Lazer Lloyd, dubbed “Israel’s King of Blues Rock,” is an Israeli singer/songwriter and an international recording artist influenced by blues, gospel, southern rock, and the great guitar traditions of power and groove from Jimi Hendrix to Wes Montgomery. His music takes the audience into his world from the tender moments of a traveling musician in the song “By Your Side”, to a man struggling with life in “Talk”. Lloyd opens hearts with his “world soul groove” sound on “Way Down” and “Back Porch”, and then rocks with intensity and joy on irresistible tunes such as “Good Man Down”, “Set My Soul Free”, and “Rockin’ in the Holy Land”. Blues Blast magazine writes, “Lazer Lloyd’s Lost on the Highway provides a fresh take on the blues and it is definitely worth a listen. His guitar playing alone is worth the price of admission, and when you add in his vocals and strong songwriting skills, this disc is a winner.”
All Access Magazine Publisher Debra Stocker recently spoke with the musician as he was preparing for his California tour, which locally comes to The Mint in Los Angeles on Monday, November 24.
AAM: Please give our readers a little idea of your background. When did you decide to start playing the blues, and more specifically, blues-rock?
LL: I grew up on the blues. My father always had it on the stereo, BB King and all the greats. Where I lived in Connecticut, Lynyrd Skynyrd was the big thing but what really took my heart was seeing Stevie Ray Vaughn play live when I was 14. That was it for me.
AAM: Let’s talk about some of the shows you’ll be playing here in the states, and more specifically, here in the Southern California vicinity.
LL: We will be cruising from Connecticut to Seattle to California. The truth is I’m on my way back from Moscow and I don’t really know where they have me going I just get on the plane and wait for the next whiskey and stage. But I am excited about the tour because California is one of the special places in the world to play music. There are places where you feel there is some real searching going on while at the same time there is a lot of confusion which goes along with the territory. I had some pretty wild adventures there over the years. Come to one of my shows and ask me about Golden Gate Park. My California schedule includes Nov. 17 at UCLA, Nov. 18 at UCSD, Nov. 20 at Garfield Theatre in LaJolla, Nov. 22 Beth Shalom Social Hall in Carmichael, Nov. 23 at Biscuits and Blues in San Francisco, and Nov. 24 at The Mint in Los Angeles.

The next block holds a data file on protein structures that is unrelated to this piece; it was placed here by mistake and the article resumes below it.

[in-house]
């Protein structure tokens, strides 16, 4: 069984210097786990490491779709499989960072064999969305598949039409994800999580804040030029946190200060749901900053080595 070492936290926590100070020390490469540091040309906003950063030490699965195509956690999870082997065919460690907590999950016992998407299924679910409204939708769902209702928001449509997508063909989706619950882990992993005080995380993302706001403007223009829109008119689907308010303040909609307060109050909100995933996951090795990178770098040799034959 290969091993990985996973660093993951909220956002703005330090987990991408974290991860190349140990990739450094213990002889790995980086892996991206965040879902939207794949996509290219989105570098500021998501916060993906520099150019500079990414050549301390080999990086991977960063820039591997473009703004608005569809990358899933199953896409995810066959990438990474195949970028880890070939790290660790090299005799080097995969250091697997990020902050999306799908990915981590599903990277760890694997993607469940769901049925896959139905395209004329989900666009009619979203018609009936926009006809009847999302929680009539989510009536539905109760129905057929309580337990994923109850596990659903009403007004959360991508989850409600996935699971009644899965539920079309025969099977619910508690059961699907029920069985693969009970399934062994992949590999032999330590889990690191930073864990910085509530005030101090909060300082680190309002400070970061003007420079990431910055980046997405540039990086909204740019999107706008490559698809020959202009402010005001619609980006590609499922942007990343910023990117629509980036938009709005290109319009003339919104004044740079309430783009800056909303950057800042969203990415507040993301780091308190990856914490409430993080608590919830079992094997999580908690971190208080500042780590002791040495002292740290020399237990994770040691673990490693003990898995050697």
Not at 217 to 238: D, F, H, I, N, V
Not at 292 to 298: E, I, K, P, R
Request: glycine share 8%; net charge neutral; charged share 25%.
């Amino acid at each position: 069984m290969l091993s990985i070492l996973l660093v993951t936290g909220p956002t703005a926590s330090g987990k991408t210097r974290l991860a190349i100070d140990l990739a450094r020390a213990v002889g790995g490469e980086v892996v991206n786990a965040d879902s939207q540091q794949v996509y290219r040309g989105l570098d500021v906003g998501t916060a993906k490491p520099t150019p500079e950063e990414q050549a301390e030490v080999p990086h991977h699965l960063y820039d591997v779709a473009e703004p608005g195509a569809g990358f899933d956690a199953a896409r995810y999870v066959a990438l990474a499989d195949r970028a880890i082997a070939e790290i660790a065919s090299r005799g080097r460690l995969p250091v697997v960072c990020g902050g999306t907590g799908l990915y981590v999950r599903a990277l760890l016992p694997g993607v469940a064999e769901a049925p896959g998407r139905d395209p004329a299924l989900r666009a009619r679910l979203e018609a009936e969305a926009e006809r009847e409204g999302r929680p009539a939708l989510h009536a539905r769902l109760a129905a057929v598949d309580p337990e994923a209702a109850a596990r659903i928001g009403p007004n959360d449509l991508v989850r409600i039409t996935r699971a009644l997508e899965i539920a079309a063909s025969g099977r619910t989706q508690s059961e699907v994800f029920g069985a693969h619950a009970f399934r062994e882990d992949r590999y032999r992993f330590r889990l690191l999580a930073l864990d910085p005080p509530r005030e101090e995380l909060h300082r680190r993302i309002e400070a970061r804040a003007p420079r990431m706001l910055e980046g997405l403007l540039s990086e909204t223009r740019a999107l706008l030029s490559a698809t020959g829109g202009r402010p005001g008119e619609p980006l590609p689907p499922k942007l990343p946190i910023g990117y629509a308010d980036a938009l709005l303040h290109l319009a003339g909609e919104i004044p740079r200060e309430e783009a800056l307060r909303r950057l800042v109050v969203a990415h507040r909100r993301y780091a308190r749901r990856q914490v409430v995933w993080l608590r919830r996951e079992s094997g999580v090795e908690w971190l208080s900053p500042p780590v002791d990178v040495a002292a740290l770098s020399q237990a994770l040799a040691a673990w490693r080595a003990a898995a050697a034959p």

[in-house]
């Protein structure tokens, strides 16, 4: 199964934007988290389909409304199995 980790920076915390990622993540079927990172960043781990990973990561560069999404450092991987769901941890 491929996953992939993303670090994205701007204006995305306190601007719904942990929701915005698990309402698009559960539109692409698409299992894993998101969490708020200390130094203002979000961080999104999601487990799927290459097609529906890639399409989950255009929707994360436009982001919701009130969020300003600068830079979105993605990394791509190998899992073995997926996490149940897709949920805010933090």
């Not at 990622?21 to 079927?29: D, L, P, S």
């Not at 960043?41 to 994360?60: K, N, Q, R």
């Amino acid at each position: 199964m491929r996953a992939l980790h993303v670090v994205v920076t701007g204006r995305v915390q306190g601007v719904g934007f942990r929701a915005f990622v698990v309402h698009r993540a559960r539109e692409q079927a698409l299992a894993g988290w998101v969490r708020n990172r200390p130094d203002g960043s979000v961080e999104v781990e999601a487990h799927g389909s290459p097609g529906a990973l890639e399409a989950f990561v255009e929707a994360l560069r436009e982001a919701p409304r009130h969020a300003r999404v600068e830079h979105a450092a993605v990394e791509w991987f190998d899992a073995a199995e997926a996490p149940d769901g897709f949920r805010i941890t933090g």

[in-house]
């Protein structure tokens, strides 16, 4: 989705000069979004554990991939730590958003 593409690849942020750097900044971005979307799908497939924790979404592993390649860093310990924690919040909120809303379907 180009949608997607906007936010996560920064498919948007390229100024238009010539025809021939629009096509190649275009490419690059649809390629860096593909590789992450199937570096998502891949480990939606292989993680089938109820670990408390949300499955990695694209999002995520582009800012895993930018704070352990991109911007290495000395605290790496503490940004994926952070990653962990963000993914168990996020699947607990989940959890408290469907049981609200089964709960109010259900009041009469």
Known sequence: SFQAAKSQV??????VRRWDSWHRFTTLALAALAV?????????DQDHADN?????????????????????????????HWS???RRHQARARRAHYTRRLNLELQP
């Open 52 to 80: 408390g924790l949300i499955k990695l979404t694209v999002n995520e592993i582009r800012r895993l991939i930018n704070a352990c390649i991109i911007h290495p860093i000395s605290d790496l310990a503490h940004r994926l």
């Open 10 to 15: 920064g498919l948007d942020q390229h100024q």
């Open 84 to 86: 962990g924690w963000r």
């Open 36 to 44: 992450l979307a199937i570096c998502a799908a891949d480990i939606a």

AAM: What would you cite right off the top as some of the main differences between the live music scene in Israel, compared with that in the United States?
LL: The truth is that Israel has some of the best live music in the world, so many musicians from all over the world live here with so many different styles. it’s like a musical melting pot. For me it’s very cool because I’ve put my blues into the Middle East sound and mixed in some of that spice. It works so well because the blues came from this area and everything goes full circle in life. In practical terms, there are obviously just not as many clubs or big names coming through on a daily basis. I actually miss the country music which is not happening so much in Israel. For example, Willie Nelson is one of my favorite live performers, but we have not developed an audience for the country roots forms of music in Israel.
AAM: Growing up, did you listen to a lot of music? If so, who was it that you listened to, and would later influence your overall music sound?
LL: I listen to a lot of jazz, a lot of blues obviously, Jimi Hendrix was a big influence. B.B. King was a very big influence on me musically and also personally. While I was majoring in music in college I saw a master class of his. He explained why he never had to switch a musician his band. He said he would first check if the guy was a cool dude, he would take him for a beer. If he was a good guy, he realized that he would eventually be a good musician and he took him into the band. That story really set me on my spiritual journey.
AAM: It’s hard as heck for most independent bands to sell many albums (or CDs) in the U.S. anymore these days due to increased online digital downloading. Is that the case in Israel as well?
LL: I don’t know how to compare it with anyone else but I am selling well at the live shows in Israel and asfor stores, I think as everyone knows, selling physical CDs in stores is a thing of the past – that is true in Israel as well.
AAM: If you weren’t making music, what profession do you think you’d most likely be pursuing?
LL: If I wasn’t a musician I would probably be doing what I was doing for my day job many years ago which was running special trips around the world to interesting places. I would find crazy little islands or wild ski trips and organize them for people. I wanted to see the world with my own eyes then and now. You cannot know the world through books and TV, it’s just so different.
AAM: Finally, what else would you like our readers to know about Lazer Lloyd?
LL: Well I would like to know something about Lazer Lloyd too – I am always searching to figure out who I am. I think they should know he’s a little crazy but it’s in a good way and don’t get freaked out too much by it.